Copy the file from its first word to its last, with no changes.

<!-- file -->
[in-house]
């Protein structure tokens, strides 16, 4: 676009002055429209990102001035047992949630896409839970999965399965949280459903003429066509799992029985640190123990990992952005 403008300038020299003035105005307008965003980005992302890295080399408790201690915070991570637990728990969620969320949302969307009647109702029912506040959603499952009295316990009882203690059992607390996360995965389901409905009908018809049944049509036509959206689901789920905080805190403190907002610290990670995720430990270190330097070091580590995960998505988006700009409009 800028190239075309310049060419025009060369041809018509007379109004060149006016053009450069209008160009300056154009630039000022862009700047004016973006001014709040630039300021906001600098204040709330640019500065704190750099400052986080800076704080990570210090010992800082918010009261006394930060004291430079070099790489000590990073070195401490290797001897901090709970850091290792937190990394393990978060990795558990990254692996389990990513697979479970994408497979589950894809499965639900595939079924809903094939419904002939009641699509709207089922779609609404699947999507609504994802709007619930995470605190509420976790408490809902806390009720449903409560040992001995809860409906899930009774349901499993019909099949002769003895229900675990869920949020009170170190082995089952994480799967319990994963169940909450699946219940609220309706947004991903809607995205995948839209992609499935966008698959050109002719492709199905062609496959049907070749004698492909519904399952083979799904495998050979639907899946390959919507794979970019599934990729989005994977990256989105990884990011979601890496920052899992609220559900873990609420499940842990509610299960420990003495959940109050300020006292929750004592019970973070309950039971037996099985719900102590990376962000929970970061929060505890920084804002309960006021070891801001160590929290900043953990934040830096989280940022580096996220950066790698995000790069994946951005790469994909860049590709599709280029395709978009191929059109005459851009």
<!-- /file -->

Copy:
[in-house]
């Protein structure tokens, strides 16, 4: 676009002055429209990102001035047992949630896409839970999965399965949280459903003429066509799992029985640190123990990992952005 403008300038020299003035105005307008965003980005992302890295080399408790201690915070991570637990728990969620969320949302969307009647109702029912506040959603499952009295316990009882203690059992607390996360995965389901409905009908018809049944049509036509959206689901789920905080805190403190907002610290990670995720430990270190330097070091580590995960998505988006700009409009 800028190239075309310049060419025009060369041809018509007379109004060149006016053009450069209008160009300056154009630039000022862009700047004016973006001014709040630039300021906001600098204040709330640019500065704190750099400052986080800076704080990570210090010992800082918010009261006394930060004291430079070099790489000590990073070195401490290797001897901090709970850091290792937190990394393990978060990795558990990254692996389990990513697979479970994408497979589950894809499965639900595939079924809903094939419904002939009641699509709207089922779609609404699947999507609504994802709007619930995470605190509420976790408490809902806390009720449903409560040992001995809860409906899930009774349901499993019909099949002769003895229900675990869920949020009170170190082995089952994480799967319990994963169940909450699946219940609220309706947004991903809607995205995948839209992609499935966008698959050109002719492709199905062609496959049907070749004698492909519904399952083979799904495998050979639907899946390959919507794979970019599934990729989005994977990256989105990884990011979601890496920052899992609220559900873990609420499940842990509610299960420990003495959940109050300020006292929750004592019970973070309950039971037996099985719900102590990376962000929970970061929060505890920084804002309960006021070891801001160590929290900043953990934040830096989280940022580096996220950066790698995000790069994946951005790469994909860049590709599709280029395709978009191929059109005459851009």